Italian Socialist Workers' Party
in 1947 (later merged into the Italian Democratic Socialist Party, PSDI).

Aldo Moro
Aldo Moro
and Pietro Nenni
Pietro Nenni
at Quirinale in Rome

In 1956, Nenni broke with the PCI after Soviet Union's invasion of Hungary.[3] He returned the Stalin Prize money ($25,000).[1] Subsequently, he slowly led his party into supporting membership of the North Atlantic Treaty Organization
North Atlantic Treaty Organization
(NATO) and closer European integration, and he sought co-operation with the leading party, the Christian Democrats. Opening to centre-left[edit] In the early 1960s he facilitated an "opening to the centre-left" enabling coalition governments between the PSI and the Christian Democrats and leading the socialists back into office for the first time since 1947.[4] He formed a centre-left coalition with Saragat, Aldo Moro
Aldo Moro
and Ugo La Malfa, and favored a reunion with the PSDI. From 1963 to 1968 he was Deputy Prime Minister in the three successive governments led by Moro and in December 1968 he became Minister for Foreign Affairs in the first government of Mariano Rumor, but resigned in July 1969, when the centre-left alliance collapsed. Although the reunification attempts between the socialists and Giuseppe Saragat's breakaway Social Democrats resulted in the formation of a joint list Unified PSI–PSDI, both parties fared poorly in the 1968 Italian general election. In 1969, a disillusioned Nenni virtually retired and Francesco De Martino took his place.[5] He resigned as head of the PSI and was made a senator for life in 1970 and in 1971 he ran unsuccessfully for President of Italy. He died in Rome
Rome
on January 1, 1980. A daughter, Vittoria "Viva" Daubeuf, died in Auschwitz. She is memorialized in the writings of Charlotte Delbo. He was an atheist.[6] References[edit]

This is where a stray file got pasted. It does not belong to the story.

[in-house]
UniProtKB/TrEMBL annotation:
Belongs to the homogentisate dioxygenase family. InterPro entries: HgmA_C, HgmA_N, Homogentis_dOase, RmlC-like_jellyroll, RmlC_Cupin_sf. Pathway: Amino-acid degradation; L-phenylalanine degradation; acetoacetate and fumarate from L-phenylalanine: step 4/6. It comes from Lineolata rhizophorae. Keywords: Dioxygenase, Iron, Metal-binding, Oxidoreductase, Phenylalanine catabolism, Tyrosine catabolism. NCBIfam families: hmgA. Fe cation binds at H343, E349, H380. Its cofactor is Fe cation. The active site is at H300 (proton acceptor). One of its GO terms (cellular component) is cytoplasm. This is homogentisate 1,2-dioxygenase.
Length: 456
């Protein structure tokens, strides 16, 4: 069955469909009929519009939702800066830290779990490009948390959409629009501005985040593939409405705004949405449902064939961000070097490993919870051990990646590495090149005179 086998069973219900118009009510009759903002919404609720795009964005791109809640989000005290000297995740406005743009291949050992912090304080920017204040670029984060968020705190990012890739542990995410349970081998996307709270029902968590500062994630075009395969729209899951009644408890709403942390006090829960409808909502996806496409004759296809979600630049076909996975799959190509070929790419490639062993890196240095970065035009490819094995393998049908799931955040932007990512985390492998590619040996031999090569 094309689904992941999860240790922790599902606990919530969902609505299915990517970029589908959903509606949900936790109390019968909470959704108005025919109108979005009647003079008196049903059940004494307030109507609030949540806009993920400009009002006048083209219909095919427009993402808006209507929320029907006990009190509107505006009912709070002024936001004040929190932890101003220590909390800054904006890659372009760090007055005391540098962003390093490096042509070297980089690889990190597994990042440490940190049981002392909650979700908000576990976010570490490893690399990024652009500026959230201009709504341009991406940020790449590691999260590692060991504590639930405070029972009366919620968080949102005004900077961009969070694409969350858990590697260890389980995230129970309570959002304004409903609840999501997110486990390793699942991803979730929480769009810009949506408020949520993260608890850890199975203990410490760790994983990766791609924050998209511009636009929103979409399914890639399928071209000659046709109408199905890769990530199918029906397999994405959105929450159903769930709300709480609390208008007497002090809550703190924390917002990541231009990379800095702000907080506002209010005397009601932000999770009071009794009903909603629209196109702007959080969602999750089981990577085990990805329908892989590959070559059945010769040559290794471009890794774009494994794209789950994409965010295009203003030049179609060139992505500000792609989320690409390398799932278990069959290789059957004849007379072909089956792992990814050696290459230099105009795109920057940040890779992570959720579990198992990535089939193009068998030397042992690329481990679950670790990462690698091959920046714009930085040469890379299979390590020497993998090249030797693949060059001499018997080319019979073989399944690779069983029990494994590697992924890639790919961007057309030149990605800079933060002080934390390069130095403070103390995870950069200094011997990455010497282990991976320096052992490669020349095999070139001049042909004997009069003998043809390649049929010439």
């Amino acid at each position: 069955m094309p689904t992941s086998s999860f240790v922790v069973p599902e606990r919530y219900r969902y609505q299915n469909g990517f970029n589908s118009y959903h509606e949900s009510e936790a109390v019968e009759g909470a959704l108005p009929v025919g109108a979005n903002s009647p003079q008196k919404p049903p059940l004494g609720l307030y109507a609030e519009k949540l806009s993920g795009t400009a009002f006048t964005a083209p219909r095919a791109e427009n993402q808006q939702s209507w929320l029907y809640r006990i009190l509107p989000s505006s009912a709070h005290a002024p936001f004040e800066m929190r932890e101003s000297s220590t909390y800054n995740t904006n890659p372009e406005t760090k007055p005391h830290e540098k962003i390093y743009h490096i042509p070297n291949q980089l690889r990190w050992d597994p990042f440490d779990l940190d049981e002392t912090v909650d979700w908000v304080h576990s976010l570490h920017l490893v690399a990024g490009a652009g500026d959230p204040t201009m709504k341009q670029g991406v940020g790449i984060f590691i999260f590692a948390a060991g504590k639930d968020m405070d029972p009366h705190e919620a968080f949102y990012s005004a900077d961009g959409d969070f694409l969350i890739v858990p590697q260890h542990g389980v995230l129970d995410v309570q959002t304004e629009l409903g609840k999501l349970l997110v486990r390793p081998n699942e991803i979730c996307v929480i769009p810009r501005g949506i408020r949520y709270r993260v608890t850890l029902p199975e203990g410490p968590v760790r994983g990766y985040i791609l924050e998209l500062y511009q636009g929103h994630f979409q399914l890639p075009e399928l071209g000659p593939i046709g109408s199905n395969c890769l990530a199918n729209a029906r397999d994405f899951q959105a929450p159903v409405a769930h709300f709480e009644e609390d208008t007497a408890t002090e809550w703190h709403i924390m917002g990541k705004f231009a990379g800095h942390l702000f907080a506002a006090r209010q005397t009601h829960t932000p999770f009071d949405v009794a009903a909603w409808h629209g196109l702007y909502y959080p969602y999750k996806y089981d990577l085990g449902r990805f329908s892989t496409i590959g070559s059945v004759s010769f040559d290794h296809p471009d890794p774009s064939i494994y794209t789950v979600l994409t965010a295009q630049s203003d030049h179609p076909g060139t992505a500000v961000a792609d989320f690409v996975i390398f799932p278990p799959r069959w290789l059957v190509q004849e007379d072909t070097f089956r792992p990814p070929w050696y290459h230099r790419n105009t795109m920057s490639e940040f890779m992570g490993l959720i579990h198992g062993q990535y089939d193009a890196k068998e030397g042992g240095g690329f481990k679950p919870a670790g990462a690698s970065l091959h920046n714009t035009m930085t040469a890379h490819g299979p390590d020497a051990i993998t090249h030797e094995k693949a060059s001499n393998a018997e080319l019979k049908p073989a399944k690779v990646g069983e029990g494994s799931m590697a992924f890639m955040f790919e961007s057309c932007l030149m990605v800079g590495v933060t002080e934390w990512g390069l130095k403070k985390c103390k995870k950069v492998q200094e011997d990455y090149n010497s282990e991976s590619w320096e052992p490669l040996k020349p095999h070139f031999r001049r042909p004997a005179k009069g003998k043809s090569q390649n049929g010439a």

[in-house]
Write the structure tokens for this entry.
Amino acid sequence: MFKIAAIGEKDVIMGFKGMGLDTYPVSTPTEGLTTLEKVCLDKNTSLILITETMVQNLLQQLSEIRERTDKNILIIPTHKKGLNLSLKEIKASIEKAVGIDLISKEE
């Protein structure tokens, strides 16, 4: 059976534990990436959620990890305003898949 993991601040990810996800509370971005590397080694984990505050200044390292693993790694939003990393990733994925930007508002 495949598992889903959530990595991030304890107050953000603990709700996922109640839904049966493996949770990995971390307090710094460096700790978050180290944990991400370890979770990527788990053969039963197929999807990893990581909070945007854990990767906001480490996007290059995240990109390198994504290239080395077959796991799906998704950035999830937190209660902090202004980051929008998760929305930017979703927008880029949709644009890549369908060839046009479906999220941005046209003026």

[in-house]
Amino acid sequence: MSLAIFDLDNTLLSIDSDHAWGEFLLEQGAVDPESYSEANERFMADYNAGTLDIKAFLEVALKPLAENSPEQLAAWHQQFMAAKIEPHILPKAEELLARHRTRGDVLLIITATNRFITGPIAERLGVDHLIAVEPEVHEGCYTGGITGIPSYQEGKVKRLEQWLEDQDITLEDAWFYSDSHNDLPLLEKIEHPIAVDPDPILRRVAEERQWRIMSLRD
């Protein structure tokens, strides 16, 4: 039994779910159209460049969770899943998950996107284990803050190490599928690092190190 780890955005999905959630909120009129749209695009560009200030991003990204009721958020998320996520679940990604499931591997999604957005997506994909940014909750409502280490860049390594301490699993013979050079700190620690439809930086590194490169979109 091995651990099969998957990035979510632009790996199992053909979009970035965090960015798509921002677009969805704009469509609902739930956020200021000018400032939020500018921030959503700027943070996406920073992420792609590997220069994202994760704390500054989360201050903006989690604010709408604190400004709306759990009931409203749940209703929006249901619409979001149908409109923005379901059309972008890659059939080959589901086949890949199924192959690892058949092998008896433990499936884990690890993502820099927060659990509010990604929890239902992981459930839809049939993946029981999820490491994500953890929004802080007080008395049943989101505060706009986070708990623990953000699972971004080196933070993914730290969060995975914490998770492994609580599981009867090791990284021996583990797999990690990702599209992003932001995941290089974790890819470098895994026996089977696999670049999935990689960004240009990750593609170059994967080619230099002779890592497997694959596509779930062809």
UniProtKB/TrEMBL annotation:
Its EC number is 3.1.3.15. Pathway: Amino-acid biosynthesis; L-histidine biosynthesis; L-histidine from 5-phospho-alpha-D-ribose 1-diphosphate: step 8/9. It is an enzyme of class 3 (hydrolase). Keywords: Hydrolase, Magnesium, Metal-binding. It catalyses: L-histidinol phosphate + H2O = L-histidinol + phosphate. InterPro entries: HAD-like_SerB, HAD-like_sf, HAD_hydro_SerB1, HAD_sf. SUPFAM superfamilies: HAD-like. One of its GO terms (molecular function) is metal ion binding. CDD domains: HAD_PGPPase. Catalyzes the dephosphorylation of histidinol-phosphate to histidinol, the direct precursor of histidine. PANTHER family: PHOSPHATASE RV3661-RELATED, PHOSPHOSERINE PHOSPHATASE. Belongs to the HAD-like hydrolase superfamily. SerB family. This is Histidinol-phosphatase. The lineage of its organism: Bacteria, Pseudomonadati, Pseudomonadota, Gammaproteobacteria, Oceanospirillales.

^ a b Italy's New Partnership, Time Magazine, December 13, 1963 ^ a b c Crisis of Italian Socialism, Europe Speaks, March 3, 1947 ^ Pietro & Paul, Time Magazine, April 23, 1965 ^ "A Sinistra?", Time Magazine, January 12, 1962 ^ Obituary Francesco De Martino, The Guardian, November 22, 2002 ^ Giuseppe Tamburrano, Pietro Nenni: una vita per la democrazia e per il socialismo, Laicata, 2000, p. 366.

External links[edit]

Wikimedia Commons has media related to Pietro Nenni.

Where the Italian Socialists
Italian Socialists
Stand[permanent dead link], Pietro Nenni, Foreign Affairs, January 1962 Address given by Pietro Nenni
Pietro Nenni
on the military intervention in Czechoslovakia, Rome, August 29, 1968

Political offices

Preceded by Title jointly held Minister without portfolio
Minister without portfolio
as Deputy Prime Minister 1945–1946 Succeeded by Title jointly held

Preceded by Alcide De Gasperi Italian Minister of Foreign Affairs 1946–1947 Succeeded by Carlo Sforza

Preceded by Title jointly held Minister without portfolio
Minister without portfolio
as Deputy Prime Minister 1963–1968 Succeeded by Title jointly held

Preceded by Giuseppe Medici Italian Minister of Foreign Affairs 1968–1969 Succeeded by Aldo Moro

Italian Chamber of Deputies

Preceded by None, Parliament re-established Member of Parliament elected at-large Legislature: CA 1946–1948 Succeeded by Title jointly held

Preceded by Title joinly held Member of Parliament for Rome Legislature: I 1948–1953 Succeeded by Title jointly held

Preceded by Title joinly held Member of Parliament elected at-large Legislature: II 1953–1958 Succeeded by Title jointly held

Preceded by Title joinly held Member of Parliament for Milan Legislature: III, IV, V 1958–1970 Succeeded by Title jointly held

Italian Senate

Preceded by Title jointly held Italian Lifetime Senator Legislatures: V, VI, VII, VIII 1970–1980 Succeeded by Title jointly held

Party political offices

Preceded by Ugo Coccia (caretaker) Secretary of the Italian Socialist Party 1931–1945 Succeeded by Sandro Pertini

Preceded by Alberto Jacometti Secretary of the Italian Socialist Party 1949–1963 Succeeded by Francesco De Martino

v t e

Italian Ministers of Foreign Affairs

Kingdom of Italy